Beta-sitosterol is possibly safe when used as directed by a health care provider, explains WebMD. However, some people can experience side effects such as constipation, diarrhea, indigestion, nausea and gas. Some reports have linked this drug to reduced sex drive and erectile dysfunction. It may also lead to low absorption of vitamin E and carotenes in the body, notes Drugs.com.
Beta-sitosterol is a phytosterol found in peanut oil, soybean oil and avocado oil, and it lowers cholesterol, explains Drugs.com. It works by reducing the intake of cholesterol from the gut. Some studies show that it has an anti-inflammatory effect and can help improve the impact of natural killer cells. Other clinical studies report that beta-sitosterol helps to ease urinary symptoms. Companies add beta-sitosterol to yogurt, margarine and other foods, and a safe daily consumption is 1.5 to 3 grams.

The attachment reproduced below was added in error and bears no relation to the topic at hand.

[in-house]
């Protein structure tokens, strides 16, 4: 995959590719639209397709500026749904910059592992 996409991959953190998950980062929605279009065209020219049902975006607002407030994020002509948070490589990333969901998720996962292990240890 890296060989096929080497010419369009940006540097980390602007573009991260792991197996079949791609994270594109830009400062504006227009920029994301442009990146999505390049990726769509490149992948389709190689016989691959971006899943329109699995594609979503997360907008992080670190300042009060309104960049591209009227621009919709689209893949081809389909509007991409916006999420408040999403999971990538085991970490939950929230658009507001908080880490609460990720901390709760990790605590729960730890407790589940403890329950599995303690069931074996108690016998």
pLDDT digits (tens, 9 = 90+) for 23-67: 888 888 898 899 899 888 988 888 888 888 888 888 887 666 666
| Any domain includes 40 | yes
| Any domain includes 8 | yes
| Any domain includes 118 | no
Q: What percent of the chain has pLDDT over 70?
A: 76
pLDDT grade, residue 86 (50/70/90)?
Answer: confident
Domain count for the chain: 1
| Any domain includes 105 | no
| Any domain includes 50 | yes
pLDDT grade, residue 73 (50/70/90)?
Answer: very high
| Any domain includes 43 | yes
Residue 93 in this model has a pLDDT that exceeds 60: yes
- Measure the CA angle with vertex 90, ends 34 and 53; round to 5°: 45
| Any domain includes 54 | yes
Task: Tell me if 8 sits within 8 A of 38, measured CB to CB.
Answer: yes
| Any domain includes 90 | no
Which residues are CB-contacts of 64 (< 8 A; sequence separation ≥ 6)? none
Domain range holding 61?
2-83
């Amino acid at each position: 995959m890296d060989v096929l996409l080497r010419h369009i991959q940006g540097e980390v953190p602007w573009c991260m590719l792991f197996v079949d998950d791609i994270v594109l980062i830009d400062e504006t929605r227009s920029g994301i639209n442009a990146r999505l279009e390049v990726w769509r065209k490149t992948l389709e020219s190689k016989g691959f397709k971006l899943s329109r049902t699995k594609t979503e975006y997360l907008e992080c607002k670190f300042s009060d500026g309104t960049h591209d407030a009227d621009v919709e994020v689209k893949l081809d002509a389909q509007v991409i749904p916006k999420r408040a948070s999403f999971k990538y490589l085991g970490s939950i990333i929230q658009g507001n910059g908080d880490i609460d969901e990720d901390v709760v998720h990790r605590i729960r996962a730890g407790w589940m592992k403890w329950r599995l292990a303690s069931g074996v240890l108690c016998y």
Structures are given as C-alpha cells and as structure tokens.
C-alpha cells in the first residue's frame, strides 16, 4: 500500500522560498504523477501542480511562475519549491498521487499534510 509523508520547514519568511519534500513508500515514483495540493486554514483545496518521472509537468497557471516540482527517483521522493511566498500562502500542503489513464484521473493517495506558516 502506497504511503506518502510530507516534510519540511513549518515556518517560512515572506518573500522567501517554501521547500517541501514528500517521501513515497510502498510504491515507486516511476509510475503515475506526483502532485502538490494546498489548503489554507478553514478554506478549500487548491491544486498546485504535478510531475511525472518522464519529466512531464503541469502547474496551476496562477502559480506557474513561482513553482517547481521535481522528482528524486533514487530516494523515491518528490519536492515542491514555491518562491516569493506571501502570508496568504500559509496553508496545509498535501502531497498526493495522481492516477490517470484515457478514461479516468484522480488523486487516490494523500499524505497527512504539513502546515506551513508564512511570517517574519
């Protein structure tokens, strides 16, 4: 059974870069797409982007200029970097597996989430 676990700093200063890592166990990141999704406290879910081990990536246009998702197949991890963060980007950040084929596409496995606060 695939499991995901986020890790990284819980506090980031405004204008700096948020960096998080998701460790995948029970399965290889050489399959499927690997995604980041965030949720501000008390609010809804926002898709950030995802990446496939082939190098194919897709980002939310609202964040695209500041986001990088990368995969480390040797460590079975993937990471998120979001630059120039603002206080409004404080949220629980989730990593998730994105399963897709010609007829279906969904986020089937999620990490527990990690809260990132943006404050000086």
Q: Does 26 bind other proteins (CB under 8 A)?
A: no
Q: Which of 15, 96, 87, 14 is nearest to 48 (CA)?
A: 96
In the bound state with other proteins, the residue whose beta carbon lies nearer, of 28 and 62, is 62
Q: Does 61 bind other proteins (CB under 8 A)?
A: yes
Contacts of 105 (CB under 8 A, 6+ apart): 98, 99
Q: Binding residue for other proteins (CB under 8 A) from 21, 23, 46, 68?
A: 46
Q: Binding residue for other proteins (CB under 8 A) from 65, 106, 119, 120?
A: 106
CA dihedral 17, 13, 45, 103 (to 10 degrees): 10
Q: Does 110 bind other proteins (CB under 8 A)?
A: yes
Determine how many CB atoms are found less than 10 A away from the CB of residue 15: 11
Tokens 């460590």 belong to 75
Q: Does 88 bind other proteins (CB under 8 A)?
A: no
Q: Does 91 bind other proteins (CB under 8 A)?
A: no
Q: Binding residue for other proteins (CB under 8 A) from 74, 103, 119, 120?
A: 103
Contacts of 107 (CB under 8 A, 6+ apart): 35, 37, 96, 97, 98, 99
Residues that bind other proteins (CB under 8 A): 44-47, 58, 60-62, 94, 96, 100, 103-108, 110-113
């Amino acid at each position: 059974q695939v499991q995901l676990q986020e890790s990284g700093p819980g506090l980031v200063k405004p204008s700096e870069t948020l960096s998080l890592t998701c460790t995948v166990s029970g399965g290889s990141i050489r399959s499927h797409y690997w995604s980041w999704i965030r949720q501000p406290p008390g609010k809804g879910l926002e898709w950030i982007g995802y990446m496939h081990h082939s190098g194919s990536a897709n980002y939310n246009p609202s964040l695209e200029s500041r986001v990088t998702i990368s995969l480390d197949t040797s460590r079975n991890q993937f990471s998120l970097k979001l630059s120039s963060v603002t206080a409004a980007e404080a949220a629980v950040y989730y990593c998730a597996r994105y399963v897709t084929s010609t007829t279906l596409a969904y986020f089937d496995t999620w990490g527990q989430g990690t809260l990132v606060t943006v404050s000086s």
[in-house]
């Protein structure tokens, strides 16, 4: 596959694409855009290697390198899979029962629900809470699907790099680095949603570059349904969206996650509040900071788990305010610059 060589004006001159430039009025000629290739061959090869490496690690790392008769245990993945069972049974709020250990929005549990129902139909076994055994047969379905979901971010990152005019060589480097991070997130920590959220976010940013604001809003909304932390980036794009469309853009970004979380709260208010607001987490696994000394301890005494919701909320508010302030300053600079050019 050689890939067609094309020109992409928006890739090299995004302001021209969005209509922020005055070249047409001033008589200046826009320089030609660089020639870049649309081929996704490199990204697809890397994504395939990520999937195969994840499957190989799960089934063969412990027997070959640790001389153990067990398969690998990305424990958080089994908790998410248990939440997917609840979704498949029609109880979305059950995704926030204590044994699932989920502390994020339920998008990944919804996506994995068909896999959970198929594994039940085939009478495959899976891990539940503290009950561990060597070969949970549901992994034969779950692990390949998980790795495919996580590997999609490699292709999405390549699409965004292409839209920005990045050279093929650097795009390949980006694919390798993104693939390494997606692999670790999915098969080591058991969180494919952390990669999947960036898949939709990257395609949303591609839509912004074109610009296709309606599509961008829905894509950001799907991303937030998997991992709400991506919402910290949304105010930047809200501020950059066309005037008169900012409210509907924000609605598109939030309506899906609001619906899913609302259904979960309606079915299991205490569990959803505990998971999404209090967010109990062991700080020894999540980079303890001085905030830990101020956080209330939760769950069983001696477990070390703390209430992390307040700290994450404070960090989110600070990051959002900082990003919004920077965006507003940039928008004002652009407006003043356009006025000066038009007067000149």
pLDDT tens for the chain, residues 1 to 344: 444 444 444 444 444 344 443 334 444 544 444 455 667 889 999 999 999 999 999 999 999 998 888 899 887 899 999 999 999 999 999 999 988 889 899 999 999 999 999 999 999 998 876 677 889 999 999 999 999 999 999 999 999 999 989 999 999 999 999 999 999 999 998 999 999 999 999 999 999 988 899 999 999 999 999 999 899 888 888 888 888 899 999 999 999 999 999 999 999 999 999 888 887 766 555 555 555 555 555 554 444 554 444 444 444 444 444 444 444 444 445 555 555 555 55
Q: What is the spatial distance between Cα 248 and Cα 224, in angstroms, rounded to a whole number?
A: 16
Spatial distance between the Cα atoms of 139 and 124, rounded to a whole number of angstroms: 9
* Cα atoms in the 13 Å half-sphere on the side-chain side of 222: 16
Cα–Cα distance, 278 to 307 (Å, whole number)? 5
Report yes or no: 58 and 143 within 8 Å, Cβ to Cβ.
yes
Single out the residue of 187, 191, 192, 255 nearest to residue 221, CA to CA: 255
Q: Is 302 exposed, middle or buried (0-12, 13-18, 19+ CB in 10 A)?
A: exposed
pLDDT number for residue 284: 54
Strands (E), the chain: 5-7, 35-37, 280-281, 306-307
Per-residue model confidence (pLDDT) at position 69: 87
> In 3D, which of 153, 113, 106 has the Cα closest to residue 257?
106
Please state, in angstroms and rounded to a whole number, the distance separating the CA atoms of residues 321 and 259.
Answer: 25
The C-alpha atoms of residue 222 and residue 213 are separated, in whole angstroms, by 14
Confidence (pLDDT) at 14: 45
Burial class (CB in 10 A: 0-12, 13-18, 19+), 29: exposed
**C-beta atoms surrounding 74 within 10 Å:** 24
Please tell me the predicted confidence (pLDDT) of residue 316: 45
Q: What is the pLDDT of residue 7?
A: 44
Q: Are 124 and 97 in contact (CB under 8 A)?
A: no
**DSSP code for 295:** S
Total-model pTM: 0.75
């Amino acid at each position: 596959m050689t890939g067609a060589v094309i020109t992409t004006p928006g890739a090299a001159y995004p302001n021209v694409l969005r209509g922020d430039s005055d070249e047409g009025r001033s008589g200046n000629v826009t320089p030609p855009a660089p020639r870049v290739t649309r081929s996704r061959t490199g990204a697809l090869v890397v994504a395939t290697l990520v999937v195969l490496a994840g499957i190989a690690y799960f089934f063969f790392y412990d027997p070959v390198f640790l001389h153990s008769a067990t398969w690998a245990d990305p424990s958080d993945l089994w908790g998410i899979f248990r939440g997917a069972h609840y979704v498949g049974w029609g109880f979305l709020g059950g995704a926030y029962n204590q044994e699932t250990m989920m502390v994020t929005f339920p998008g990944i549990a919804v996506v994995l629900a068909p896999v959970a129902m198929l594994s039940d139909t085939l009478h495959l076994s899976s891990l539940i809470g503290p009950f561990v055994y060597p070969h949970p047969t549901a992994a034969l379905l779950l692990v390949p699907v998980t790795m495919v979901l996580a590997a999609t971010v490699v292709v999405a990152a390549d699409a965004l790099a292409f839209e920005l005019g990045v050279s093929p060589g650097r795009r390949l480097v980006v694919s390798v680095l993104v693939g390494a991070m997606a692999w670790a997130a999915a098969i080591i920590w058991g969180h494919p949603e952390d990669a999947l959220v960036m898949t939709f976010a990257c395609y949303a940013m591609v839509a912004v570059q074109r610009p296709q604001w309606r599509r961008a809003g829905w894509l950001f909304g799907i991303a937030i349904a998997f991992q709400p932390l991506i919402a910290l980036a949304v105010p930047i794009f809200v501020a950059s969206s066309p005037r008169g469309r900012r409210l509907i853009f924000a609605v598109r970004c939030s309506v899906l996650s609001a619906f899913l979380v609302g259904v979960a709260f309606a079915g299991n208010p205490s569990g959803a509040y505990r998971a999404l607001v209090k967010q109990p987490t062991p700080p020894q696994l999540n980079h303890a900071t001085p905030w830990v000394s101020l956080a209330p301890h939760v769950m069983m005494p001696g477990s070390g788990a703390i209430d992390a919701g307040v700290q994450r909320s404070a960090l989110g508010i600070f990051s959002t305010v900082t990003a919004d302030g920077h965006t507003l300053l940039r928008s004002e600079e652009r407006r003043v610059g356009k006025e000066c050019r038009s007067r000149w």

There is no sufficient information to give proper advice to breastfeeding and pregnant women about the use of beta-sitosterol, according to WebMD. It is advisable not to use this product to avoid unexpected issues. Patients suffering from sitosterolemia should not use beta-sitosterol because they already have high amounts of this phytosterol in the body. Taking it worsens the condition. There is no information regarding its interactions and toxicities, reports Drugs.com.